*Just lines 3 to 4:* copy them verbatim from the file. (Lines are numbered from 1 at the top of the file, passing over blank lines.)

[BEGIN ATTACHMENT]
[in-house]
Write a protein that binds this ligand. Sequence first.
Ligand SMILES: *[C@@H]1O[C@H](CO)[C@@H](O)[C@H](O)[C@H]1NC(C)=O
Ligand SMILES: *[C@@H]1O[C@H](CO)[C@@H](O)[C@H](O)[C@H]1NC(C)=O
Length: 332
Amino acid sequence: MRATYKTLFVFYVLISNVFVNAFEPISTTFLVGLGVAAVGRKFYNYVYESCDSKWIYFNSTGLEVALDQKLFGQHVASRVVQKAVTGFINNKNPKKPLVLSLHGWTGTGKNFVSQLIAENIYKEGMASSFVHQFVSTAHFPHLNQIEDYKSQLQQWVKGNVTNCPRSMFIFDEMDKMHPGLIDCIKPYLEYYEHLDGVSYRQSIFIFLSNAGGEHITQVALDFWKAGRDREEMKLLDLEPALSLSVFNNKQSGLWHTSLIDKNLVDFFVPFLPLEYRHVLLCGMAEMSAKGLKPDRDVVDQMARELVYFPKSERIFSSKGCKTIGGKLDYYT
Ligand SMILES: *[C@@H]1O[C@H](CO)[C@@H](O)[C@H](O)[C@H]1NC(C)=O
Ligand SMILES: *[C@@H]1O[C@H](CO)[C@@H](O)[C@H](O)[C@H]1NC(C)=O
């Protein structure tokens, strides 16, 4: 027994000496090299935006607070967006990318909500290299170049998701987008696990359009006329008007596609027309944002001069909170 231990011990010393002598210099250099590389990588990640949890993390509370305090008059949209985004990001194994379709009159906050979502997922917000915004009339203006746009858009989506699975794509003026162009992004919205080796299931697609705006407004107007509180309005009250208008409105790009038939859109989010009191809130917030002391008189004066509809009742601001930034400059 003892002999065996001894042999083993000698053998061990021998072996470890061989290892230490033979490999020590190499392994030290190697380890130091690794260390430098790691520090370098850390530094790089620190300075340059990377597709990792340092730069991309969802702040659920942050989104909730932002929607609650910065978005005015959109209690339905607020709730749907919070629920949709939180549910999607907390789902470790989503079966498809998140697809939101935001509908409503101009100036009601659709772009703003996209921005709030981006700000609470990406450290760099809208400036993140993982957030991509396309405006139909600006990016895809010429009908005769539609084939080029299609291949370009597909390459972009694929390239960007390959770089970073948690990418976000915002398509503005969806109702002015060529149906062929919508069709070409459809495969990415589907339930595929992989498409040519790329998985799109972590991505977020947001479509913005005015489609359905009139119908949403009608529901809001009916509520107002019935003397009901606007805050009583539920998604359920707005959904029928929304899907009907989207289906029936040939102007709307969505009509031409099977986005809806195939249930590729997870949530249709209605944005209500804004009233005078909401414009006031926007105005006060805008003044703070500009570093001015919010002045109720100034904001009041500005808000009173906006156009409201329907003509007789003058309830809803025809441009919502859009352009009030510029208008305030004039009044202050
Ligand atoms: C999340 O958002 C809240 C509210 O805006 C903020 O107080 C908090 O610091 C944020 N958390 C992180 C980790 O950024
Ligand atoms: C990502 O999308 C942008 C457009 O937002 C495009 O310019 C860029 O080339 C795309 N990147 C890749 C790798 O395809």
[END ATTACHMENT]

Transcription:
Ligand SMILES: *[C@@H]1O[C@H](CO)[C@@H](O)[C@H](O)[C@H]1NC(C)=O
Ligand SMILES: *[C@@H]1O[C@H](CO)[C@@H](O)[C@H](O)[C@H]1NC(C)=O